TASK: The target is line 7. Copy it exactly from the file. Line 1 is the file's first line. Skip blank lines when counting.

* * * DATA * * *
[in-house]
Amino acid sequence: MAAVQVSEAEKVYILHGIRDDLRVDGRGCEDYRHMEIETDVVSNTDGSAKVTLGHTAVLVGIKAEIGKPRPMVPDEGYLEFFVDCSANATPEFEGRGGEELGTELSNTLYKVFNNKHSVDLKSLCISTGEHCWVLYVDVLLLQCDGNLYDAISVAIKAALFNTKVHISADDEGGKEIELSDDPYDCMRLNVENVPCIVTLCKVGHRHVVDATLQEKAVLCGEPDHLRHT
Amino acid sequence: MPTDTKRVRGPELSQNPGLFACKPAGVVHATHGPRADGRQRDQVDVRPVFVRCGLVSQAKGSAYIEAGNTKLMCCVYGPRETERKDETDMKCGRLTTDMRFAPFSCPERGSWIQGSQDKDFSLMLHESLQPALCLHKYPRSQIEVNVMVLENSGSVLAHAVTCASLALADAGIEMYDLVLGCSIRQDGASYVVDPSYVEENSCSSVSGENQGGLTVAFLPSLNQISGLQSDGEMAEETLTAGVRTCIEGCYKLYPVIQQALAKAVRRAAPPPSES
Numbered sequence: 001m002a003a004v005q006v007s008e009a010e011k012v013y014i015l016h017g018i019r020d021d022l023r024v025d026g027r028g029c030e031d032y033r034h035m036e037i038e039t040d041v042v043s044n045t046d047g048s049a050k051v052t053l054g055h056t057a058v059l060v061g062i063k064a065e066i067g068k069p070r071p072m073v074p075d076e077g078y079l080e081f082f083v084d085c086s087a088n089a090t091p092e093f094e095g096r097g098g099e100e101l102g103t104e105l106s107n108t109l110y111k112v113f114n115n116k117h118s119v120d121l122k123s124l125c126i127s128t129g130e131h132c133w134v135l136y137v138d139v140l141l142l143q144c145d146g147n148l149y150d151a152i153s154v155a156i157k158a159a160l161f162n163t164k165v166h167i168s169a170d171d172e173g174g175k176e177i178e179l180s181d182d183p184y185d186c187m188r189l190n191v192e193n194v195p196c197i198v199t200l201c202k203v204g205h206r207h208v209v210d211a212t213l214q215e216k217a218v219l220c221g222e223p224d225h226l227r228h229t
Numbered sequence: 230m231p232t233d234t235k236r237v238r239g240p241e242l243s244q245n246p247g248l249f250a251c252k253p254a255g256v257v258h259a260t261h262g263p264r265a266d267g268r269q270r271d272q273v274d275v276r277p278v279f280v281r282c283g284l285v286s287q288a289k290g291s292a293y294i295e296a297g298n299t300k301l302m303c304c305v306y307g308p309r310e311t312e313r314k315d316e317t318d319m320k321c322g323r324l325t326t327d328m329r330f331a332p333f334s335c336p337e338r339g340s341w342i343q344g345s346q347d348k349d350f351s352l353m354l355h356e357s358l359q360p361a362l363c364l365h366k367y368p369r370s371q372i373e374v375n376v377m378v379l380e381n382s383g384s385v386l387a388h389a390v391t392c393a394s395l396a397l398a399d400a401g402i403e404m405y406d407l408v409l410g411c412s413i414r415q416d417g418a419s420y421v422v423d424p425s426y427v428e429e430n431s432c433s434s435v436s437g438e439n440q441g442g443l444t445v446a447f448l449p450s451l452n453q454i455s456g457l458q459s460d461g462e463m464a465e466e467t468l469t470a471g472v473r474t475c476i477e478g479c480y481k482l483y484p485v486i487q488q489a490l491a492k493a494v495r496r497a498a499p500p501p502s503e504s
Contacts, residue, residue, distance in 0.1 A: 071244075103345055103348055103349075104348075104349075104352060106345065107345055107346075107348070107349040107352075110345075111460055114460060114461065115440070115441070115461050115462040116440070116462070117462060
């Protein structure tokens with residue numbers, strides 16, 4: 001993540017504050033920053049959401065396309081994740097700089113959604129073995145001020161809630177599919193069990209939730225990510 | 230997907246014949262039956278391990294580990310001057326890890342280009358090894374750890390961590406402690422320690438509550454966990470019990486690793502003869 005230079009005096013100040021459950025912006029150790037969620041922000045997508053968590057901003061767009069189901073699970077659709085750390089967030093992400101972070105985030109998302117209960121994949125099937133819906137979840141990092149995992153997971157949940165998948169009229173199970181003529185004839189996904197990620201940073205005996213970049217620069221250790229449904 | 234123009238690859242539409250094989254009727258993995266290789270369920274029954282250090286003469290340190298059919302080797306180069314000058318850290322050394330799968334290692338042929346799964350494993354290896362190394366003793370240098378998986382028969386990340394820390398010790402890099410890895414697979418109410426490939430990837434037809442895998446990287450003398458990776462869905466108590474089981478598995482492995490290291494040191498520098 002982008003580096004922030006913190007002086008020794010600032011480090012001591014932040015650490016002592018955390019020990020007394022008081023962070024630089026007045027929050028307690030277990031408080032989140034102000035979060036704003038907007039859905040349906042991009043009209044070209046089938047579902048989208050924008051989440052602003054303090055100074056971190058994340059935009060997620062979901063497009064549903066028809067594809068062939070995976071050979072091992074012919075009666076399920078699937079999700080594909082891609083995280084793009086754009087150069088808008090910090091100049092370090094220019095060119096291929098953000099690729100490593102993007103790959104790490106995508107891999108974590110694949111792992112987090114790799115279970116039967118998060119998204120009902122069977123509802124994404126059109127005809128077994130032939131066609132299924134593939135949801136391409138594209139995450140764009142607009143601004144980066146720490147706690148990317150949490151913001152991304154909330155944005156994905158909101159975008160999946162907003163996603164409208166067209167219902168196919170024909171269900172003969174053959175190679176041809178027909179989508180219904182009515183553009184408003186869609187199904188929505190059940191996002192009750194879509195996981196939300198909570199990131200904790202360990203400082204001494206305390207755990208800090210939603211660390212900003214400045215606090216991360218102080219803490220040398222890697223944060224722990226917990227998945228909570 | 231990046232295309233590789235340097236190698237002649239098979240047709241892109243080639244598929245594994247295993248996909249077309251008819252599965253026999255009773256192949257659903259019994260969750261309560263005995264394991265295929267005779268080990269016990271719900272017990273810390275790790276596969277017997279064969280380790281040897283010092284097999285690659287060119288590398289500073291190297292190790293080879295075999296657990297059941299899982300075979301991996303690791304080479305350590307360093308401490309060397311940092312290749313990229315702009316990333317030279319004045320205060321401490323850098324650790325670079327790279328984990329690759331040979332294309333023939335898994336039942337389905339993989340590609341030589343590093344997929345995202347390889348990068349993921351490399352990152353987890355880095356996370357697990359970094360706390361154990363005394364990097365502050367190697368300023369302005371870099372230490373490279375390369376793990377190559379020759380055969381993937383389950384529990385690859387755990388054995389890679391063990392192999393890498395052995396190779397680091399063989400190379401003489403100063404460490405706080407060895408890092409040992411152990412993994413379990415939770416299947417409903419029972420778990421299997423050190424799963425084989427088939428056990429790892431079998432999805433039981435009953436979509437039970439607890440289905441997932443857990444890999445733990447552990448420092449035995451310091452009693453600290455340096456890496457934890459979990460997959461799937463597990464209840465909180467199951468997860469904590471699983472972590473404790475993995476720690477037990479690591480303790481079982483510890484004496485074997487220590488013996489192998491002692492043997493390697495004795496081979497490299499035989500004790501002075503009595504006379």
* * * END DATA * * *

């Protein structure tokens with residue numbers, strides 16, 4: 001993540017504050033920053049959401065396309081994740097700089113959604129073995145001020161809630177599919193069990209939730225990510 | 230997907246014949262039956278391990294580990310001057326890890342280009358090894374750890390961590406402690422320690438509550454966990470019990486690793502003869 005230079009005096013100040021459950025912006029150790037969620041922000045997508053968590057901003061767009069189901073699970077659709085750390089967030093992400101972070105985030109998302117209960121994949125099937133819906137979840141990092149995992153997971157949940165998948169009229173199970181003529185004839189996904197990620201940073205005996213970049217620069221250790229449904 | 234123009238690859242539409250094989254009727258993995266290789270369920274029954282250090286003469290340190298059919302080797306180069314000058318850290322050394330799968334290692338042929346799964350494993354290896362190394366003793370240098378998986382028969386990340394820390398010790402890099410890895414697979418109410426490939430990837434037809442895998446990287450003398458990776462869905466108590474089981478598995482492995490290291494040191498520098 002982008003580096004922030006913190007002086008020794010600032011480090012001591014932040015650490016002592018955390019020990020007394022008081023962070024630089026007045027929050028307690030277990031408080032989140034102000035979060036704003038907007039859905040349906042991009043009209044070209046089938047579902048989208050924008051989440052602003054303090055100074056971190058994340059935009060997620062979901063497009064549903066028809067594809068062939070995976071050979072091992074012919075009666076399920078699937079999700080594909082891609083995280084793009086754009087150069088808008090910090091100049092370090094220019095060119096291929098953000099690729100490593102993007103790959104790490106995508107891999108974590110694949111792992112987090114790799115279970116039967118998060119998204120009902122069977123509802124994404126059109127005809128077994130032939131066609132299924134593939135949801136391409138594209139995450140764009142607009143601004144980066146720490147706690148990317150949490151913001152991304154909330155944005156994905158909101159975008160999946162907003163996603164409208166067209167219902168196919170024909171269900172003969174053959175190679176041809178027909179989508180219904182009515183553009184408003186869609187199904188929505190059940191996002192009750194879509195996981196939300198909570199990131200904790202360990203400082204001494206305390207755990208800090210939603211660390212900003214400045215606090216991360218102080219803490220040398222890697223944060224722990226917990227998945228909570 | 231990046232295309233590789235340097236190698237002649239098979240047709241892109243080639244598929245594994247295993248996909249077309251008819252599965253026999255009773256192949257659903259019994260969750261309560263005995264394991265295929267005779268080990269016990271719900272017990273810390275790790276596969277017997279064969280380790281040897283010092284097999285690659287060119288590398289500073291190297292190790293080879295075999296657990297059941299899982300075979301991996303690791304080479305350590307360093308401490309060397311940092312290749313990229315702009316990333317030279319004045320205060321401490323850098324650790325670079327790279328984990329690759331040979332294309333023939335898994336039942337389905339993989340590609341030589343590093344997929345995202347390889348990068349993921351490399352990152353987890355880095356996370357697990359970094360706390361154990363005394364990097365502050367190697368300023369302005371870099372230490373490279375390369376793990377190559379020759380055969381993937383389950384529990385690859387755990388054995389890679391063990392192999393890498395052995396190779397680091399063989400190379401003489403100063404460490405706080407060895408890092409040992411152990412993994413379990415939770416299947417409903419029972420778990421299997423050190424799963425084989427088939428056990429790892431079998432999805433039981435009953436979509437039970439607890440289905441997932443857990444890999445733990447552990448420092449035995451310091452009693453600290455340096456890496457934890459979990460997959461799937463597990464209840465909180467199951468997860469904590471699983472972590473404790475993995476720690477037990479690591480303790481079982483510890484004496485074997487220590488013996489192998491002692492043997493390697495004795496081979497490299499035989500004790501002075503009595504006379």